This is where staff are managing their managers rather than management setting goals and managing their staff.
An extreme example was a situation where an administrator was supposed to complete their daily workload before leaving the office but instead they often went home leaving critical work unfinished. This meant that her boss was having to complete client reports due that day under service level agreements.
Despite frustration and resentment, the boss was not confronting the staff member or the situation in order to resolve it. Instead the boss simply made oblique comments to the person concerned which triggered an emotional and somewhat aggressive response.
There can be a number of reasons for this, including a failure to set measurable goals, or having set them failing to monitor performance.
This situation can also arise where a manager is either afraid of confrontation or has not been properly trained to manage people. Perhaps they have risen to manager level but are not entirely comfortable with it. Perhaps they fear that staff might walk out or hold the threat of doing so over their manager’s head.
In this particular example my personal view was that the subordinate controlled their boss through passive aggressive behaviour.
The qualities of an effective manager
To manage people effectively a manager should be able to empower people, motivate them and be confident about delegating work.
Effective empowerment is about setting boundaries so that people understand and take responsibility for their work. It also means encouraging them to stretch their abilities and to be innovative. This will work provided there are proper support structures in place.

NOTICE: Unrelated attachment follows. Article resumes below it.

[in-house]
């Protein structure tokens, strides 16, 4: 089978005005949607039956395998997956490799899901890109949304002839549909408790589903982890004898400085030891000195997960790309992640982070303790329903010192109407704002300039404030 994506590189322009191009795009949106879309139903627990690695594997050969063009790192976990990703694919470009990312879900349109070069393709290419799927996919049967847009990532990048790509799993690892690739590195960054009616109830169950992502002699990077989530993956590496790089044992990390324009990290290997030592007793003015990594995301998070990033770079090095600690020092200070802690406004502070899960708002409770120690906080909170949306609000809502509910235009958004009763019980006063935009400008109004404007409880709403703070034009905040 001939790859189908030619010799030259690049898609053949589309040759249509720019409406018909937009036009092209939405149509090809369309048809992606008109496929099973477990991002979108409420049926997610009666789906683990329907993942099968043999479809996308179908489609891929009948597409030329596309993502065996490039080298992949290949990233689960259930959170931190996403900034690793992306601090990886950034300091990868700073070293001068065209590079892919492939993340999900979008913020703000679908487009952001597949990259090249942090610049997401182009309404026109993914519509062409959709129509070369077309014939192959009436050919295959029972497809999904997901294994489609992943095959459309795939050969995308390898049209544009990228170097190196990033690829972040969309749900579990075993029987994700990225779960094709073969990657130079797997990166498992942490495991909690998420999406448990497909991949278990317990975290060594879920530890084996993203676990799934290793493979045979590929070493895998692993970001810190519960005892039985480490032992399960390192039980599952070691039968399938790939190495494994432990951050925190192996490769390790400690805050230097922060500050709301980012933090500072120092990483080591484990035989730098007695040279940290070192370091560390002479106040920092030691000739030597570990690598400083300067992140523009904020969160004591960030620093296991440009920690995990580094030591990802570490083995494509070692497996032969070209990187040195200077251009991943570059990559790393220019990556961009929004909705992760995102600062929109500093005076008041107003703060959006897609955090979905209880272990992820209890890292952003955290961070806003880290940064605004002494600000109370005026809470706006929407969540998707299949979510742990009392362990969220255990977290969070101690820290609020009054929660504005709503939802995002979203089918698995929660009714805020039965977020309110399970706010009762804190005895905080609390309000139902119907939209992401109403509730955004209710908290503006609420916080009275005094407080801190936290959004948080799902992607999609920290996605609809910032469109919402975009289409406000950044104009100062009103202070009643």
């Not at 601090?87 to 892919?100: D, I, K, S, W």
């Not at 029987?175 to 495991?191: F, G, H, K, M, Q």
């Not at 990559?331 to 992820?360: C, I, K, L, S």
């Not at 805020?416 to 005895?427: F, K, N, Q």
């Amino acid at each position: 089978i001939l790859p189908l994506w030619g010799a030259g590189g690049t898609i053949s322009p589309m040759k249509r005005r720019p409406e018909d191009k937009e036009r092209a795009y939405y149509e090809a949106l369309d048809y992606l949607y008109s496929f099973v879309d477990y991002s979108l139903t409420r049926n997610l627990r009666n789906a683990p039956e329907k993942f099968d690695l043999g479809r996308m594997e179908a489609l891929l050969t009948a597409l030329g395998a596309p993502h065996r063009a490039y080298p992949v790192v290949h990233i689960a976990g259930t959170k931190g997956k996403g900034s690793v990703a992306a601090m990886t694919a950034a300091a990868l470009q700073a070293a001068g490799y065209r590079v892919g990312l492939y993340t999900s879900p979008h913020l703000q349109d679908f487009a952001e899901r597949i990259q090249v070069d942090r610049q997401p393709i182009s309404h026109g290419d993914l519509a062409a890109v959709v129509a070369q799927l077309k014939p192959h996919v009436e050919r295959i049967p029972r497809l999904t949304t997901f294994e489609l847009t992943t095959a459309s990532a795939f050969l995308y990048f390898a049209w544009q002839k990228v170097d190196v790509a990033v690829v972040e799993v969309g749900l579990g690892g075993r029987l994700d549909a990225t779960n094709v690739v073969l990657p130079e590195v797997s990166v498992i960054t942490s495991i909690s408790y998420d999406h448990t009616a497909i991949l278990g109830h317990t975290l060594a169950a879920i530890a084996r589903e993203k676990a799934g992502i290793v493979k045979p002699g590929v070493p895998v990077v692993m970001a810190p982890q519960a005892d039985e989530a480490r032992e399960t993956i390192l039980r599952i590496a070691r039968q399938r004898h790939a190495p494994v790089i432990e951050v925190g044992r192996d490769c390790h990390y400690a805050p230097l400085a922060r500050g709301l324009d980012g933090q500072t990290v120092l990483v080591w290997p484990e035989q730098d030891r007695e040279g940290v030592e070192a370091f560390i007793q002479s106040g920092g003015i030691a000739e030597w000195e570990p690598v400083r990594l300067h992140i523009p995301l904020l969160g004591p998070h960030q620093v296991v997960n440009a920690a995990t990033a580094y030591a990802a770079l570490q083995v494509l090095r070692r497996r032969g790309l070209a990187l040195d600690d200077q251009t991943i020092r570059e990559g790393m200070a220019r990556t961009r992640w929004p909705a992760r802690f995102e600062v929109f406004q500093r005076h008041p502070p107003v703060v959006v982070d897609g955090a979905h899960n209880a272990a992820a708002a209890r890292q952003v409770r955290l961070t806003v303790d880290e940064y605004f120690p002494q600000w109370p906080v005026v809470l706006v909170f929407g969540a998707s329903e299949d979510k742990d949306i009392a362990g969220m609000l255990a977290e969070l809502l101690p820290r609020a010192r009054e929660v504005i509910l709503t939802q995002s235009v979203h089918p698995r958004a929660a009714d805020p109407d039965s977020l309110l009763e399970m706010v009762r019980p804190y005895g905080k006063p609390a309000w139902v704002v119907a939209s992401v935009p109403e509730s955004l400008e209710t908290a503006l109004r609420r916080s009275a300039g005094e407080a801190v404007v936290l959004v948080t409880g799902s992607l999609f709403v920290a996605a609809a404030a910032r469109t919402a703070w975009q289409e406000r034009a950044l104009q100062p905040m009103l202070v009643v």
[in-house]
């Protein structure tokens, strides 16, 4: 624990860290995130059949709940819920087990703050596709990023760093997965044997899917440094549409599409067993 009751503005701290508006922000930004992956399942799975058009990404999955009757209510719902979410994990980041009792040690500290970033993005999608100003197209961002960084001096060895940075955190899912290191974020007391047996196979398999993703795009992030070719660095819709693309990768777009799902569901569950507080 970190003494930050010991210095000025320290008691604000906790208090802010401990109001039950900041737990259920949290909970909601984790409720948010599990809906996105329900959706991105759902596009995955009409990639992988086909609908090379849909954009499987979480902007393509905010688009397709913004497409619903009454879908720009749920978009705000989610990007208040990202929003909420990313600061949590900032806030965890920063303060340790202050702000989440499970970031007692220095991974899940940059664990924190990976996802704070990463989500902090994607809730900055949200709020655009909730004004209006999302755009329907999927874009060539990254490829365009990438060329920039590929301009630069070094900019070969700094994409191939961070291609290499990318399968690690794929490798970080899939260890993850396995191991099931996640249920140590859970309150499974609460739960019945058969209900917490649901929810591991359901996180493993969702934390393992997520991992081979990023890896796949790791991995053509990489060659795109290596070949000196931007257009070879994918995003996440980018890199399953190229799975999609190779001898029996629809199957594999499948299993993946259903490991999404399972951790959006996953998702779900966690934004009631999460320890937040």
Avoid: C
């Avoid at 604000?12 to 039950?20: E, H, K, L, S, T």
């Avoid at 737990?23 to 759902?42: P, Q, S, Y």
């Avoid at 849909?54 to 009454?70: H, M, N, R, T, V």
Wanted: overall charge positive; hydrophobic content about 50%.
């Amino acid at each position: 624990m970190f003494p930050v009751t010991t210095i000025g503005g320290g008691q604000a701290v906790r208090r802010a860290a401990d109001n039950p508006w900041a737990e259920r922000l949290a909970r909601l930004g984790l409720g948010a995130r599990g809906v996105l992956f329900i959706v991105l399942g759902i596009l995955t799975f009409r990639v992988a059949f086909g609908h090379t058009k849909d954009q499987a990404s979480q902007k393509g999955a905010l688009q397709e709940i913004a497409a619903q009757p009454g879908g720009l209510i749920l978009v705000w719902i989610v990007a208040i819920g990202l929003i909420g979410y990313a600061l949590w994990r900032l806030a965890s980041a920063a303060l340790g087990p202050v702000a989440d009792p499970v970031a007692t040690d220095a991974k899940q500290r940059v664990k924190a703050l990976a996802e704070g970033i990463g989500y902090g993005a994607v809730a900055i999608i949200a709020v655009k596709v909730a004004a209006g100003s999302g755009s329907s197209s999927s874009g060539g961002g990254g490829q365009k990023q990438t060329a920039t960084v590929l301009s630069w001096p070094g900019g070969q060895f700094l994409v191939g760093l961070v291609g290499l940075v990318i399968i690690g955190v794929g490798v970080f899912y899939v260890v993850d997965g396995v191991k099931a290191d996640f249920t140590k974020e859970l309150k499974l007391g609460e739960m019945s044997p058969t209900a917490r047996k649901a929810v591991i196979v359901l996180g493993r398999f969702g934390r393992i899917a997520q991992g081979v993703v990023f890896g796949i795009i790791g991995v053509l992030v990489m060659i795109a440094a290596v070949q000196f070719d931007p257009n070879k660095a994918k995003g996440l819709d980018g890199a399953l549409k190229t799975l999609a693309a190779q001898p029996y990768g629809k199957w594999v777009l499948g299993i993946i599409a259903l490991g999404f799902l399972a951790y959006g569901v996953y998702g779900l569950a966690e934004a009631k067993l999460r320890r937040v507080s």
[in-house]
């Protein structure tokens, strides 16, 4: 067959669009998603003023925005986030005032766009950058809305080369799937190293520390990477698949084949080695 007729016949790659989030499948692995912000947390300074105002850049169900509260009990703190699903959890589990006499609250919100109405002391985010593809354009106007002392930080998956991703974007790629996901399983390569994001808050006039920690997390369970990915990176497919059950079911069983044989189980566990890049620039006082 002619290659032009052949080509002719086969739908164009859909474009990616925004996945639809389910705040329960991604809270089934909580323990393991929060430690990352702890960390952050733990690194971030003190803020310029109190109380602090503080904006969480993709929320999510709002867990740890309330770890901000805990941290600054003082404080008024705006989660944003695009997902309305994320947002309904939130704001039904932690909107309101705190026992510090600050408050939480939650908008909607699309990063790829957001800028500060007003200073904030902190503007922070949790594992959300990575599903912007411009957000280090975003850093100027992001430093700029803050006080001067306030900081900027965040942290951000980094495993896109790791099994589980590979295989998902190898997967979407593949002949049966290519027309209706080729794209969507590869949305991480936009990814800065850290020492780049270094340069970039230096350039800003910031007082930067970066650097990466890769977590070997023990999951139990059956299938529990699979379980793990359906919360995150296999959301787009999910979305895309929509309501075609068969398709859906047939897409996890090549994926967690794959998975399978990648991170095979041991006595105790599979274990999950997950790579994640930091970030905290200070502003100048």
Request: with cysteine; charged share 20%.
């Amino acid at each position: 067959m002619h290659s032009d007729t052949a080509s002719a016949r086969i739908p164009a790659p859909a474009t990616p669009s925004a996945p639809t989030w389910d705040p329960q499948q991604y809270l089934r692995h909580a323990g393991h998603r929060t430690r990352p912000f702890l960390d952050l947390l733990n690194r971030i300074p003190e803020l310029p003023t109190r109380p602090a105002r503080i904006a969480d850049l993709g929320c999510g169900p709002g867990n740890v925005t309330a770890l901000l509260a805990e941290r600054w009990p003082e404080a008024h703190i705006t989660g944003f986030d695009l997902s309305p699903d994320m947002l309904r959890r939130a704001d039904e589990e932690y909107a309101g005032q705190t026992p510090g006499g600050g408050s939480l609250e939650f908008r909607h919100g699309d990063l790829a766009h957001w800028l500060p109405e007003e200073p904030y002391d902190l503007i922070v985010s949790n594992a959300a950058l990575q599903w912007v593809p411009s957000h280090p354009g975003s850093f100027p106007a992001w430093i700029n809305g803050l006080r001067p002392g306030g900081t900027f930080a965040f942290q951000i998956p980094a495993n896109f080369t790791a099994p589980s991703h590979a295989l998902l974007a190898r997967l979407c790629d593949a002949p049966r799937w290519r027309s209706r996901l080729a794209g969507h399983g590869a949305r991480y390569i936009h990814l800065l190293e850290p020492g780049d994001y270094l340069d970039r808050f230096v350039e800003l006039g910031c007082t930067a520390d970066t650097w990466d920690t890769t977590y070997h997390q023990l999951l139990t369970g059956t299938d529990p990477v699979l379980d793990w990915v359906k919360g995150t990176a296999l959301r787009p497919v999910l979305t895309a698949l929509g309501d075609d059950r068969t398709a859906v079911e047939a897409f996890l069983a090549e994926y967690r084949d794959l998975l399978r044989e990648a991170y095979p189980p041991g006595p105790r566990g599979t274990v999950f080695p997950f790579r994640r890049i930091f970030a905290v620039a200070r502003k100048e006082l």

When staff are motivated they are likely to perform better, and this does not depend solely on salary or bonuses. An effective manager should be able to motivate people with interesting work, creating a sense of their being part of a team and most importantly by recognising and appreciating hard work.
Delegation works well if a manager understands people’s strength and weaknesses and is able to match the person to the task in a way that stimulates them and shows that they are considered competent to carry out the work successfully.
Ignoring poor performance is not helpful either to the staff or ultimately to the business. Dealing with the situation does not have to mean an uncomfortable confrontation. A supportive conversation that identifies, what is the problem and what support a person needs to improve may be a more constructive approach.
When the situation like the example cited involves a level of bullying, it is crucial that the inappropriate behaviours are highlighted and addressed.
Finally, it is worth remembering that the longer a problem goes on the harder it will be to remedy.
(Image courtesy of David Castillo Dominici at FreeDigitalPhotos.net)